New Porsche Design BlackBerry offers premium 10.2 OS experience

There still appears to be appetite for BlackBerry smartphones in the luxury market, and Porsche Design Group is looking to meet that need with its recently-released, high-end BlackBerry smartphone.

Porsche Design, not to be confused with the car company, has a range of high-end products and has long partnered with BlackBerry to develop specially engineered and crafted, limited release (and rather expensive) BlackBerry handsets. Its latest model is the P’9982, and runs a customized version of BlackBerry’s new 10.2 OS.

According to Porsche, the handset features a satin finished frame forged from stainless steel, complemented by a hand-wrapped genuine Italian leather back door. A special limited edition model is also available, hand-wrapped in genuine Crocodile leather. Owners will also have their own special PIN number.

“Engineered luxury meets powered performance – what has been true for the first Porsche Design smartphone is even truer for the all-touch P’9882,” said Juergen Gessler, CEO of the Porsche Design Group, in a statement. “Once again the collaboration with BlackBerry has led to a device that implements our Iconic Style credo without compromises. With the P’9982 we extend our range of modern luxury smartphones and establish ourselves as a market leader in this segment.”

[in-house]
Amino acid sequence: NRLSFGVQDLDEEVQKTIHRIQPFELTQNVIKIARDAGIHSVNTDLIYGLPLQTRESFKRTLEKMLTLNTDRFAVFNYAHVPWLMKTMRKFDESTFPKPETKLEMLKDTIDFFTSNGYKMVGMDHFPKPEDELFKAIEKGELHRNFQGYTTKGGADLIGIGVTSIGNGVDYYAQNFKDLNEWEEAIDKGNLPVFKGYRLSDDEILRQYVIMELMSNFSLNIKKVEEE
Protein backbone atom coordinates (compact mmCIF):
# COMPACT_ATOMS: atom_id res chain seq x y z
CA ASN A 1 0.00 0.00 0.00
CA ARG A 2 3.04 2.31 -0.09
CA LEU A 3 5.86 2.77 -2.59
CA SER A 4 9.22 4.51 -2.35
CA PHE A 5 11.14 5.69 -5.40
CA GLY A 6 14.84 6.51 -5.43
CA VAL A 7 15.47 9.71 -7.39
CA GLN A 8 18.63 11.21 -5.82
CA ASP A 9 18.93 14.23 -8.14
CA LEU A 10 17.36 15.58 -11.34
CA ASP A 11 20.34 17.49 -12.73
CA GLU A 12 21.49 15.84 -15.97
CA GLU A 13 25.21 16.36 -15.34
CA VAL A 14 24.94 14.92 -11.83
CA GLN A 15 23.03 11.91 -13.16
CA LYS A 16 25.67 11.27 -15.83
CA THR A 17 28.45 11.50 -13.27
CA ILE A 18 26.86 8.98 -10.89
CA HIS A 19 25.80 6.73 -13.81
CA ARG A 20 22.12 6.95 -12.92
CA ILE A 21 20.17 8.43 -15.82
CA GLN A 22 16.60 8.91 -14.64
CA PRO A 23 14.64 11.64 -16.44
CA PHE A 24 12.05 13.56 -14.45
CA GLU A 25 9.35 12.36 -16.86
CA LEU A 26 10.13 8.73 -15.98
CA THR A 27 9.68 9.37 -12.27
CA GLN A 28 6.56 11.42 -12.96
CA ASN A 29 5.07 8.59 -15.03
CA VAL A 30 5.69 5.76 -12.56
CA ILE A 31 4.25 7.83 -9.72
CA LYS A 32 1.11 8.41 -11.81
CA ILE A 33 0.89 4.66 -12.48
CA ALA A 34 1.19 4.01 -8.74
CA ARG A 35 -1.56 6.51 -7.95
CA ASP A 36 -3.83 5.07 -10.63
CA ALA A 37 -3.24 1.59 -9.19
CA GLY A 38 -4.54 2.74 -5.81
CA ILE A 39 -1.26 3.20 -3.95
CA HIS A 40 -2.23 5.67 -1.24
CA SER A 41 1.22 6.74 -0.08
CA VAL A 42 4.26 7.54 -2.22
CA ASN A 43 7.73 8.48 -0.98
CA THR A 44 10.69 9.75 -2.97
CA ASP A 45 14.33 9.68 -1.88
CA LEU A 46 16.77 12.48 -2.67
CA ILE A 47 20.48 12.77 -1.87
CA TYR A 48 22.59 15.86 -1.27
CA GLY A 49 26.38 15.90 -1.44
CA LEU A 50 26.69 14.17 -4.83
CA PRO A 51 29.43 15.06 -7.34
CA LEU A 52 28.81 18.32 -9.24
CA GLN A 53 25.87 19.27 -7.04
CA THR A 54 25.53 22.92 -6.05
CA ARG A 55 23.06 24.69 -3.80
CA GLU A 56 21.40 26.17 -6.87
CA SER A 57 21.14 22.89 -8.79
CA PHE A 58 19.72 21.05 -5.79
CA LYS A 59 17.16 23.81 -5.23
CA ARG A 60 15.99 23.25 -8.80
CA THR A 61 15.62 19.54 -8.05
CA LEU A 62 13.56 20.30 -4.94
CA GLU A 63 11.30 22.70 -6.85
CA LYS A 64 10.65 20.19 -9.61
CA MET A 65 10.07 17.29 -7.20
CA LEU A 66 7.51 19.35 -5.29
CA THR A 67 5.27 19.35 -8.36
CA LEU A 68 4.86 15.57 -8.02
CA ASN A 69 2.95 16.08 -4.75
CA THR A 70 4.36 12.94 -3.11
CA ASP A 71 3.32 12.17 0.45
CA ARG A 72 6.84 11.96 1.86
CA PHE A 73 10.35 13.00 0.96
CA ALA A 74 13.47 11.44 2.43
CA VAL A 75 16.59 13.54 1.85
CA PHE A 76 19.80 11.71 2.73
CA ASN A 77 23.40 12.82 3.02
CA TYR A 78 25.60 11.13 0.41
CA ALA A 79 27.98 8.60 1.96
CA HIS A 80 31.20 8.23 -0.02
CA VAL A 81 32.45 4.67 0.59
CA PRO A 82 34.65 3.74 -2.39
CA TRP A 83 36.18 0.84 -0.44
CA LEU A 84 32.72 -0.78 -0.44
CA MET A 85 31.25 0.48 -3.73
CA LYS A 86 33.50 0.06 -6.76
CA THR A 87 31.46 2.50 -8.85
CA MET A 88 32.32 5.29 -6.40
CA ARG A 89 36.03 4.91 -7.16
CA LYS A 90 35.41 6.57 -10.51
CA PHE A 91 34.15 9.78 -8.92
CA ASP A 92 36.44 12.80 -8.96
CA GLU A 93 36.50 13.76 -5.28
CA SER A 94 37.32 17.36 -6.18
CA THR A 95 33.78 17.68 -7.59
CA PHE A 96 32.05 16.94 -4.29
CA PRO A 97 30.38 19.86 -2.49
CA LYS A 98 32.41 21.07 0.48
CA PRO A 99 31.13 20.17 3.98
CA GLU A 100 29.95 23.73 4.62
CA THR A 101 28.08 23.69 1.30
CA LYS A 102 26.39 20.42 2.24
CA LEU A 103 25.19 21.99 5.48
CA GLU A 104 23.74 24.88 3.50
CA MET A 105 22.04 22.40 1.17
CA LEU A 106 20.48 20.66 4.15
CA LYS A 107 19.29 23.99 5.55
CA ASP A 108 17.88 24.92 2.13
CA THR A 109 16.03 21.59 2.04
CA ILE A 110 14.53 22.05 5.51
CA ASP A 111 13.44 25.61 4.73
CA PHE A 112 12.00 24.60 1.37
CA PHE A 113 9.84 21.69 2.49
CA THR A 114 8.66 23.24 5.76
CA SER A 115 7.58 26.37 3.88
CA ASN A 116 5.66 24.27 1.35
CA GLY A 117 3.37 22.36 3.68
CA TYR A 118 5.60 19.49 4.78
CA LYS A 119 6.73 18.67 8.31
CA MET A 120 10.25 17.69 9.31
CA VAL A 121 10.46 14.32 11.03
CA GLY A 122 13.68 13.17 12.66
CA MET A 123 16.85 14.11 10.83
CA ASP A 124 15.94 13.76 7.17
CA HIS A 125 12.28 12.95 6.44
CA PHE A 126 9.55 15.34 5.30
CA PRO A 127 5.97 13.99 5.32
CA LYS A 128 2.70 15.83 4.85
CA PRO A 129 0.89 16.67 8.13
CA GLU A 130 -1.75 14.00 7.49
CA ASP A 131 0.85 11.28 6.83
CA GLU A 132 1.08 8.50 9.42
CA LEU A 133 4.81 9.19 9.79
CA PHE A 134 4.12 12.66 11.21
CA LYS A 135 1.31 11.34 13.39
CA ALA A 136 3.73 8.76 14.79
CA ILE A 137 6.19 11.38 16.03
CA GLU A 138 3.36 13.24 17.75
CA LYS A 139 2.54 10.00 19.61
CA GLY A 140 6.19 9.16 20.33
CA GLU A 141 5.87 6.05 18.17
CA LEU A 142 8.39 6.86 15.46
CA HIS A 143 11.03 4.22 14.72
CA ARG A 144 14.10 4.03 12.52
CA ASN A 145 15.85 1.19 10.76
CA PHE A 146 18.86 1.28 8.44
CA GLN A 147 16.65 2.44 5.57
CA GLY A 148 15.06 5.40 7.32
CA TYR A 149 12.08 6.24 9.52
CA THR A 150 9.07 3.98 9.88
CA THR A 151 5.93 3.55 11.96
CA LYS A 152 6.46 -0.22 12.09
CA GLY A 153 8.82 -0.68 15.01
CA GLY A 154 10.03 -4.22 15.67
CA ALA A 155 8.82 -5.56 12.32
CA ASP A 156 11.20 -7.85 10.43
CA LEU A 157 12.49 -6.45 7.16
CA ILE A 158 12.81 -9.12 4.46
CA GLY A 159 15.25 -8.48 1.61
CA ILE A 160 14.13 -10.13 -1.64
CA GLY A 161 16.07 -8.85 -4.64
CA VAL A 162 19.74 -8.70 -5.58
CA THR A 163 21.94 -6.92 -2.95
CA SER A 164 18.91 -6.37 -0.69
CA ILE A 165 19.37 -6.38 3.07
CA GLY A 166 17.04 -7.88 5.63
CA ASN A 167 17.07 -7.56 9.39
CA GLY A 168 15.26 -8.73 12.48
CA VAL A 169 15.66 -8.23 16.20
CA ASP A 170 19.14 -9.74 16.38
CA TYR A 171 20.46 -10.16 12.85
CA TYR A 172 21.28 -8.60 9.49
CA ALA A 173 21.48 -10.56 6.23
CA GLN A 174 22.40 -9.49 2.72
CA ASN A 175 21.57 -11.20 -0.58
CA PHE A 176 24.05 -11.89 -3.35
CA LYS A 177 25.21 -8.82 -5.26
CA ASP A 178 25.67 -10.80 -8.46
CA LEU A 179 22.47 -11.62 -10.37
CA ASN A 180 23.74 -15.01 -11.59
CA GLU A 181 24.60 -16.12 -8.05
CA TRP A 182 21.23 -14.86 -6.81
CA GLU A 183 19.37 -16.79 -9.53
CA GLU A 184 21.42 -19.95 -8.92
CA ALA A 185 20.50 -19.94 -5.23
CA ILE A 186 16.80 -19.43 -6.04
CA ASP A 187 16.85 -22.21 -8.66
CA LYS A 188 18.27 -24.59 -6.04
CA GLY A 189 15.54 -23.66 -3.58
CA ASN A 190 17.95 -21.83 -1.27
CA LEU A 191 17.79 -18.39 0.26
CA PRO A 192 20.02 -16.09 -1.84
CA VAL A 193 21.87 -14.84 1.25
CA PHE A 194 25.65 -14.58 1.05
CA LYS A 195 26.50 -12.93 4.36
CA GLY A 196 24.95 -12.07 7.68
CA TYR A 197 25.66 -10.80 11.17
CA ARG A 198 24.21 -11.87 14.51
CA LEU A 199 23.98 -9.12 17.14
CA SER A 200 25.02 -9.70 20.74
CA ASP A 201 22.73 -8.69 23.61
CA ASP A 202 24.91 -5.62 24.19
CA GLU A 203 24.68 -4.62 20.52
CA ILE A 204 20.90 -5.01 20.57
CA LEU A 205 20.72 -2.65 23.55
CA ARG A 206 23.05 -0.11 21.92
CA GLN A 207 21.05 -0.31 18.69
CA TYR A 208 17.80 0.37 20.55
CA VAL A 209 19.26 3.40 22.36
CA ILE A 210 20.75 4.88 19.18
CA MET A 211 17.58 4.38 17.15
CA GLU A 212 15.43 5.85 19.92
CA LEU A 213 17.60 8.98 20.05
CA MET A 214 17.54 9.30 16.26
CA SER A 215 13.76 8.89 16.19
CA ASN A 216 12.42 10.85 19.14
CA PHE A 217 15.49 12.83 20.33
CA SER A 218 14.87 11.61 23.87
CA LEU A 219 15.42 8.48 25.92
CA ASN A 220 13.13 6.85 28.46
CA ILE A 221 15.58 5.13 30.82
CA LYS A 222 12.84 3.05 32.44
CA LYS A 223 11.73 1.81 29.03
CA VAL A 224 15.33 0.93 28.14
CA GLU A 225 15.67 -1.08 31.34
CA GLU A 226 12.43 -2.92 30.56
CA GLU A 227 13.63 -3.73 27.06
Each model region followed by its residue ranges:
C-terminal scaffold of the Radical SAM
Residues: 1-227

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The phone features a 4.2” touch display, with an 8MP rear camera and 64GB internal storage, and the battery is rated for nine hours of talk time. It launches Nov. 21 at Porsche Design stores and from Harrods in London. The limited Crocodile edition will launch in early December exclusively.

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Jim Love, Chief Content Officer, IT World Canada

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Jeff Jedras
Jeff Jedras
A veteran technology and business journalist, Jeff Jedras began his career in technology journalism in the late 1990s, covering the booming (and later busting) Ottawa technology sector for Silicon Valley North and the Ottawa Business Journal, as well as everything from municipal politics to real estate. He later covered the technology scene in Vancouver before joining IT World Canada in Toronto in 2005, covering enterprise IT for ComputerWorld Canada. He would go on to cover the channel as an assistant editor with CDN. His writing has appeared in the Vancouver Sun, the Ottawa Citizen and a wide range of industry trade publications.

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